By Dave Workman
In case you’ve overlooked it, the National Shooting Sports Foundation (NSSF) has declared that August is “National Shooting Sports Month,” and the timing for many people is perfect.
Not only is the month good for summer shooting games, it’s also the month when millions of hunters head to the range to sight in their rifles or hunting handguns, and shotgunners tune up their reflexes for mourning dove and looming upland game and bird seasons.
This is also a good month for introducing new shooters to what amounts to a constitutionally protected pastime. The right to keep and bear arms is inclusive of learning the skills to use them properly and responsibly.
If nothing else, plinking at tin cans is a relaxing way to get someone started. Work up from there.
NSSF has a program called “First Shots” that has been very successful at introducing new shooters. The organization suggests that people who do take new shooters to the range or another safe place to shoot to share their experiences on social media. Hashtag: #LetsGoShooting.
If you do this, don’t post embarrassing videos of someone making a mistake. That’s a good way to turn off a new shooter. Some people can’t resist an opportunity to boost their own ego by trying to demonstrate how much smarter they are.
NSSF has a website (shootingsportsmonth.org) that allows people to share their experiences. Their message is simple: “Take time in August to introduce a new person to the shooting sports, visit a local shooting range, take a class, or host an event at your location.”
To which Insider Online will add: Shoot safely, be sure of your backstop, and because August is a particularly dry month in the national forests and on other public land, be careful with fire.
A lawsuit challenging the City of Seattle’s “gun violence tax” failed Thursday when the Washington State Supreme Court ruled in favor of the city, and against the National Rifle Association, Second Amendment Foundation and National Shooting Sports Foundation.
The state high court in an 8-1 decision said the tax does not violate Washington’s 34-year-old state preemption law. The city has been charging a fee of $25 per every firearm sold in Seattle, plus two- to five cents for every round of ammunition, depending upon caliber.
Plaintiffs, which include two local gun dealers, argued that the tax violates the preemption law because it is a gun control regulation in disguise. One gun store has already moved out of the city, and another tipped Insider Online that their gun sales may be moved to a new location outside of Seattle, while retaining a fishing tackle retail operation at its present location.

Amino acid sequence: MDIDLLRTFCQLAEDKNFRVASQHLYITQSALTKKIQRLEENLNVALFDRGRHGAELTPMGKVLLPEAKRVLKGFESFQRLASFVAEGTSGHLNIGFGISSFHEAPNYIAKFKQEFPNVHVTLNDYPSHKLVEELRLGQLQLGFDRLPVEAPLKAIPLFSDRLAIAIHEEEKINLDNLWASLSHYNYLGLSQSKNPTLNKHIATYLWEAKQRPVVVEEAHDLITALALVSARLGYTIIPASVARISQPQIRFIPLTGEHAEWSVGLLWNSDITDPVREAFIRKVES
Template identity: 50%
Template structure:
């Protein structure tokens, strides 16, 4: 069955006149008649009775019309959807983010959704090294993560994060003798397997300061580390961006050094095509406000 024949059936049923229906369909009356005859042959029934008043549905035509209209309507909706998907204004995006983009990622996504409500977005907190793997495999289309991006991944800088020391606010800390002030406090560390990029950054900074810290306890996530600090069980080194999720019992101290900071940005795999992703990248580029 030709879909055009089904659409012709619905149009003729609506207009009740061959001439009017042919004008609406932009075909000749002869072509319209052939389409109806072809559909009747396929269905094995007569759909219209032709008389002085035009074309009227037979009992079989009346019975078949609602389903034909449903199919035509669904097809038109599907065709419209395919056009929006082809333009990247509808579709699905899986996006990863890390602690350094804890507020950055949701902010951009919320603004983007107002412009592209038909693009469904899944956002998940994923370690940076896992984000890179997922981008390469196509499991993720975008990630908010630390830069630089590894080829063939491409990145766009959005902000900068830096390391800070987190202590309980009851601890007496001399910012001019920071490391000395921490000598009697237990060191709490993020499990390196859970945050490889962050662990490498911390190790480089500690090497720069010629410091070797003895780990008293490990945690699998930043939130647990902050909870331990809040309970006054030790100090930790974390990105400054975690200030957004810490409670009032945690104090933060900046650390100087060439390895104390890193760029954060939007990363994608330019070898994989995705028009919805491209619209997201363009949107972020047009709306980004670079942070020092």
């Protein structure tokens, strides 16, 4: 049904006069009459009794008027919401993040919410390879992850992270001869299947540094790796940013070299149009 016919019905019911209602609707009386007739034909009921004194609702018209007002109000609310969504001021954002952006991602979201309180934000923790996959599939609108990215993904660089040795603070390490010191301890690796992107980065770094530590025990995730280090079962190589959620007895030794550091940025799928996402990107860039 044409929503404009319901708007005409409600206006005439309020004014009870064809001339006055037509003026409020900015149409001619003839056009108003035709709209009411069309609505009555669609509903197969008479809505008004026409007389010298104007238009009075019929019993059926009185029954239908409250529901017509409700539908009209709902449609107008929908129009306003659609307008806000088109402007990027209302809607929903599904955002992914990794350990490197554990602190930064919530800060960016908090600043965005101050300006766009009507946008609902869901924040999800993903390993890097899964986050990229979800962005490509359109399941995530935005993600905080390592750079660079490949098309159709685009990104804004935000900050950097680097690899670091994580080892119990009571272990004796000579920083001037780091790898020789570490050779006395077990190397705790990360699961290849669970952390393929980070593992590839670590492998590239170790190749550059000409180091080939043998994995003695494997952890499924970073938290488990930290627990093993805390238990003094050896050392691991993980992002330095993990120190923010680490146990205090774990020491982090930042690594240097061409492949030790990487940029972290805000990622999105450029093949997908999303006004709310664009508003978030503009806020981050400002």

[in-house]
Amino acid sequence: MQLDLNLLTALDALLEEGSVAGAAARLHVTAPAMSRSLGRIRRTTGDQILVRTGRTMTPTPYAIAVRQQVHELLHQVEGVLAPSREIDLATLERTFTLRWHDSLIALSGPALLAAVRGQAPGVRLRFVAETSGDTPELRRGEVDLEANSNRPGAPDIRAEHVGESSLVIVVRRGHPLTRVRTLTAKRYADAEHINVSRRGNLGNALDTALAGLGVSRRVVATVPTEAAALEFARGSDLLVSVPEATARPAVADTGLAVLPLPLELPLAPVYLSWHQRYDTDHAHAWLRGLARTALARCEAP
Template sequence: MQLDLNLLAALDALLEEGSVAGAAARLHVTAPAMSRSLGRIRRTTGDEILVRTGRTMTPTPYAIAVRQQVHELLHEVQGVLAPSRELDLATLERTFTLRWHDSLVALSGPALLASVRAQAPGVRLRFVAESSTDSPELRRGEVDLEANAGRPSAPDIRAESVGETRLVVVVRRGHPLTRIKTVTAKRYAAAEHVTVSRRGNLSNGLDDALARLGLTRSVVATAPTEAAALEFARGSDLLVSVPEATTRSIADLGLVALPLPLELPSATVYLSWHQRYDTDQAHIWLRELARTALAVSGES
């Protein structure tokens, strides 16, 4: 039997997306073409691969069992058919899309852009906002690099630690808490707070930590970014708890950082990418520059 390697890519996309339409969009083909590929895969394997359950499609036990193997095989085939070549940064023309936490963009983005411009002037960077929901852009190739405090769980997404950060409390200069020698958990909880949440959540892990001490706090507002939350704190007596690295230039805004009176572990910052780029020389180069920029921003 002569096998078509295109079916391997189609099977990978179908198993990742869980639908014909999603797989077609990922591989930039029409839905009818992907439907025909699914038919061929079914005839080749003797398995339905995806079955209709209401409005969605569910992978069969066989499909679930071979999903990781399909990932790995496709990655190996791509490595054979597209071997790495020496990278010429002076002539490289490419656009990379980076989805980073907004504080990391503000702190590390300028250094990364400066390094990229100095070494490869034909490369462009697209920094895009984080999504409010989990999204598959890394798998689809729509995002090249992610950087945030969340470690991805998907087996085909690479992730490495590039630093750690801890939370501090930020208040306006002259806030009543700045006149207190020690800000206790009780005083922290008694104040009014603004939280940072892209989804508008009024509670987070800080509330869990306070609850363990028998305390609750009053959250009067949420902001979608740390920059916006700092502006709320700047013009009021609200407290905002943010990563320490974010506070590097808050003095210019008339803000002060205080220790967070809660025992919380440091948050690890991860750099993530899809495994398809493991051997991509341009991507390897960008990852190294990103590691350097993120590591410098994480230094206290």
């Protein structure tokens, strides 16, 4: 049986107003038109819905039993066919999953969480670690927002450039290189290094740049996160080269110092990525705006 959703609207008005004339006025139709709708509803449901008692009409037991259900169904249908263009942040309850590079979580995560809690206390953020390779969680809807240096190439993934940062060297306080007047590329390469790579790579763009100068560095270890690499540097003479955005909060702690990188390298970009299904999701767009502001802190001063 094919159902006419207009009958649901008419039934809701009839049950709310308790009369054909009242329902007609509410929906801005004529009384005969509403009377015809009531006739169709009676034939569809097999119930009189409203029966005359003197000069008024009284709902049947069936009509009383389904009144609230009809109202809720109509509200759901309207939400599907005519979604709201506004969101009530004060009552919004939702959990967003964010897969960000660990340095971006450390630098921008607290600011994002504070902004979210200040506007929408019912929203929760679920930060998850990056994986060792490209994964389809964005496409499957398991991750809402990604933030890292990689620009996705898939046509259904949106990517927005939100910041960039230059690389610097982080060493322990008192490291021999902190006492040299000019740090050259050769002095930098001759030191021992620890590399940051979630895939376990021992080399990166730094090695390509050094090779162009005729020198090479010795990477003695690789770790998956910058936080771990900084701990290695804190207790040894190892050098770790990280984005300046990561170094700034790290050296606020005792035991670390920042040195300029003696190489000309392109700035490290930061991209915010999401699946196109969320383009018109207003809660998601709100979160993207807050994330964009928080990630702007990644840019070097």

Reacting to the decision, SAF Executive Vice President Alan Gottlieb had this to say: “The high court’s decision to uphold what clearly appears to us as a violation of Washington’s 34-year-old State Preemption Act is proof positive that the court places political correctness above the rule of law. Gun owners must get more involved in Supreme Court races.”
Insider Online will have more about this ruling next week.
Pew Narrows It Down
A couple of weeks ago, Insider Online reported on a recent Pew Research survey that revealed a great deal about gun ownership in the United States.
More recently, Pew narrowed its focus to note the following: About half of American gun owners who identify as members of the National Rifle Association say they own five or more firearms. This compares to 24 percent of non-NRA members who own that many guns. Thirty-eight percent of the non-NRA members only own one gun.
NRA members “hunt and shoot with more frequency than gun owners who aren’t NRA members.”
One more little item that got our attention: “NRA members are also significantly more likely than other gun owners to say they have a gun that is loaded and easily accessible to them at all times (53% vs. 34%). And, among handgun owners, NRA members are twice as likely to say they carry a gun with them outside of their home all or most of the time (44% vs. 22%).”
You’ve probably all heard the assertions that NRA members are a bunch of careless gun twits. According to Pew’s results, a whopping 84 percent of NRA members have taken some kind of firearms safety course, while gun owners who are not NRA members have taken such a course.